Recommended reading

💻 Have you ever felt stuck? Seth Godin explains why it’s reasonable that we feel that way sometimes. His suggestion for how to get unstuck is unreasonable, however. Read Being stuck is reasonable

West Park Christian Church
Olympus XA2, Ultrafine Xtreme 100, 2019.

💻 We treat each other better now than at any time in history. Our better nature is better than it used to be. So says N. S. Palmer, who reminds us that it is still our daily choice to treat each other well that matters. Read What’s Your Choice?

📷 Must read: Josh Solomon‘s review of the Nikon EM. It’s part personal essay, part SLR history, part experience report with this camera. So well done. Read Trying to Care About Film Photography with a Nikon EM

📷 Kurt Munger sure finds the strange cameras to review. This time, it’s a camera you can take diving. Read Minolta Weathermatic 35DL Review


6 thoughts on “Recommended reading

  1. Re-consider Godin but with a different perspective on “unreasonable.”

    You (metaphorical “you”) are the temporal summation of every choice you’ve made over your conscious existance. And unless you consciously aimed for the unreasonable, every single one of those choices was the reasonable choice at the moment of decision . If you find the present circumstances satisfying then it’s been a good ride. So far.

    But if you don’t find it satisfying, then your idea of “reasonable” is not a good program to yield satisfaction. Break the mold and do something “unreasonable.” It doesn’t have to be unethical/illegal/harmful/sinful.

    Awhile back I walked away from a career valued by my community, with an excellent and highly stable paycheck, daily ego rubs that I was doing good, and a sense of spiritual place. What everybody “wants,” but I lacked a sense of satisfaction. Changing lanes was by no means a “reasonable” choice. But I wasn’t satisfied, and changing lanes opened up a whole bunch of new exit ramps to explore, and it’s been a very satisfying ride so far.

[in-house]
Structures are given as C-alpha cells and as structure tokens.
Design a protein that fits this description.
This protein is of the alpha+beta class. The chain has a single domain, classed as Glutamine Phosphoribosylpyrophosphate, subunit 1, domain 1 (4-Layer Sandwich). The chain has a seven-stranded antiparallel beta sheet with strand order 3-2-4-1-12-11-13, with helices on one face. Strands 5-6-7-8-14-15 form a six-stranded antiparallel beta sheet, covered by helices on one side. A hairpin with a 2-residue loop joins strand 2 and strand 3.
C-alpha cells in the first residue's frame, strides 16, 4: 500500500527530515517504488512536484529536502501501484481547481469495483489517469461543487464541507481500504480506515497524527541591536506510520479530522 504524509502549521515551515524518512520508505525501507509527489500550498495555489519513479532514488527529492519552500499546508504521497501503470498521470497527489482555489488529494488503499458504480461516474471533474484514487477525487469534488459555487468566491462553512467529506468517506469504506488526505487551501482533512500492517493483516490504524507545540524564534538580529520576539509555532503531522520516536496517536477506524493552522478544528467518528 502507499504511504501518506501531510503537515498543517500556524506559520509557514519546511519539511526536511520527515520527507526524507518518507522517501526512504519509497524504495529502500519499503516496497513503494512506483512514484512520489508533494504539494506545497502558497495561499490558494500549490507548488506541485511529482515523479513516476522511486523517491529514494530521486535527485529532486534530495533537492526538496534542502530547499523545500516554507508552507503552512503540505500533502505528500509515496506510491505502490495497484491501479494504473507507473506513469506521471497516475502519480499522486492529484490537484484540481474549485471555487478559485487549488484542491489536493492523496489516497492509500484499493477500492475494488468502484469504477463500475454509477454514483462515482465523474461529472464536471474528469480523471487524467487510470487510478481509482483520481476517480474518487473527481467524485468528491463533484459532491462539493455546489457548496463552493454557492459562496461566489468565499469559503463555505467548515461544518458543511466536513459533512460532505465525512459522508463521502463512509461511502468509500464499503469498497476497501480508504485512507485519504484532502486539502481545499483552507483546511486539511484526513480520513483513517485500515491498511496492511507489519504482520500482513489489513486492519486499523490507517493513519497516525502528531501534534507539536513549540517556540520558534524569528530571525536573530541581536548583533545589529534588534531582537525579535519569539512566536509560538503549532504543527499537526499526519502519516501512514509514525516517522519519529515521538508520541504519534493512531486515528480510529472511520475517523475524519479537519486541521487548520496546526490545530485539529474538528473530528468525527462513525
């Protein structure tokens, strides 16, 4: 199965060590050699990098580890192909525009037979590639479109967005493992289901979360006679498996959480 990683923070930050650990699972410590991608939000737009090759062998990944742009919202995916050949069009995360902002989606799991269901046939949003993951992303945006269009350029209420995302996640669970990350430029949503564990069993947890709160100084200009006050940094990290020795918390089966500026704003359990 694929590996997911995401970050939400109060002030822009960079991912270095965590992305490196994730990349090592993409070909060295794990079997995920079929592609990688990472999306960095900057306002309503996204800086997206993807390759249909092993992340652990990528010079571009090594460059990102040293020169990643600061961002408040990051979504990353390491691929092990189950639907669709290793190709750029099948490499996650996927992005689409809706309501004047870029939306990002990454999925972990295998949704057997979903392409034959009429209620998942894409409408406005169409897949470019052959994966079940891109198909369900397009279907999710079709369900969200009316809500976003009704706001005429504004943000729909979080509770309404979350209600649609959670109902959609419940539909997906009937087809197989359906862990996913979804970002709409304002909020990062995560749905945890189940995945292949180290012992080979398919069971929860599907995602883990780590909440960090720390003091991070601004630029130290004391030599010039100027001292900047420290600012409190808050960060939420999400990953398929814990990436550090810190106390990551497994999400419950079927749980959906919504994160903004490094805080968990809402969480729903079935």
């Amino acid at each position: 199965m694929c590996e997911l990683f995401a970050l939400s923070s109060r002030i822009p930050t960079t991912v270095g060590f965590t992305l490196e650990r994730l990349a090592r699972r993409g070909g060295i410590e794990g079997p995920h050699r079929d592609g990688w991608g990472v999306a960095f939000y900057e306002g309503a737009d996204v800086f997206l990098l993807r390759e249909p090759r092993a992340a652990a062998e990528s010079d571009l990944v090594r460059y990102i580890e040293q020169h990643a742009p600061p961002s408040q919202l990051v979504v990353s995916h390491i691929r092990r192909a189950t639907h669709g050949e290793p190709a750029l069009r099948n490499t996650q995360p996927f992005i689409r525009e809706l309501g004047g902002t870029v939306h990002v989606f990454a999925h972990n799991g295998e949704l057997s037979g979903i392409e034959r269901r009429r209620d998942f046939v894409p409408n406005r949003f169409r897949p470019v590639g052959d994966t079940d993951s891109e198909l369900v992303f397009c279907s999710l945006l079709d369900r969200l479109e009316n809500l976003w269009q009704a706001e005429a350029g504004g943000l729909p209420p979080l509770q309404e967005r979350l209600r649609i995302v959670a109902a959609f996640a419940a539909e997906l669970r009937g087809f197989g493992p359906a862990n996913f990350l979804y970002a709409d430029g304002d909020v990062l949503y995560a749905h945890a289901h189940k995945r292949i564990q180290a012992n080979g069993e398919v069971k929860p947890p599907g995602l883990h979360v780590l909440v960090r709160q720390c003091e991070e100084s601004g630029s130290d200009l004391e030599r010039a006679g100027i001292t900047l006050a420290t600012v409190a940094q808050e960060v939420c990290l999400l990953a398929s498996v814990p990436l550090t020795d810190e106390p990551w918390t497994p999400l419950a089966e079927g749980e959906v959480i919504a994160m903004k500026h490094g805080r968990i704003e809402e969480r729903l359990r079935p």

I think that’s what Godin’s getting at.

    Thanks for the reading suggestions. As always, I enjoy the tips for my Saturday morning reading.

    • I follow your thinking and it resonates.

      One place I might challenge you a little is on human rationality. I’m not sure we’re as rational as we make ourselves out to be. I think rather we are highly emotional beings and make most of our choices that way. When we apply rational thought, it is to justify the emotional decision we want to make.

  2. We don’t disagree. Thinking humans strive for rationality, I think it’s our divine imperative. But two complications: 1. One can only be rational with facts and reality, observed and known. But the fact collection is often incomplete and therefore perceptions are usually inaccurate and can be fluid. 2. Humans to varying degrees neglect the responsibility of rational thought (emotion is so much easier, hence the social triumph of the electronic/entertainment world in my opinion). The result of these complications gives rise to the need for the mechanism called rationalization, employed to allow a perception of rationality.

  3. Hi, Jim —

    Thanks for the mention this morning!

    I wondered why I had not seen any traffic from your post, since they usually generate quite a bit. Then I noticed that your post has no link to mine.

    Not complaining, but … :-)



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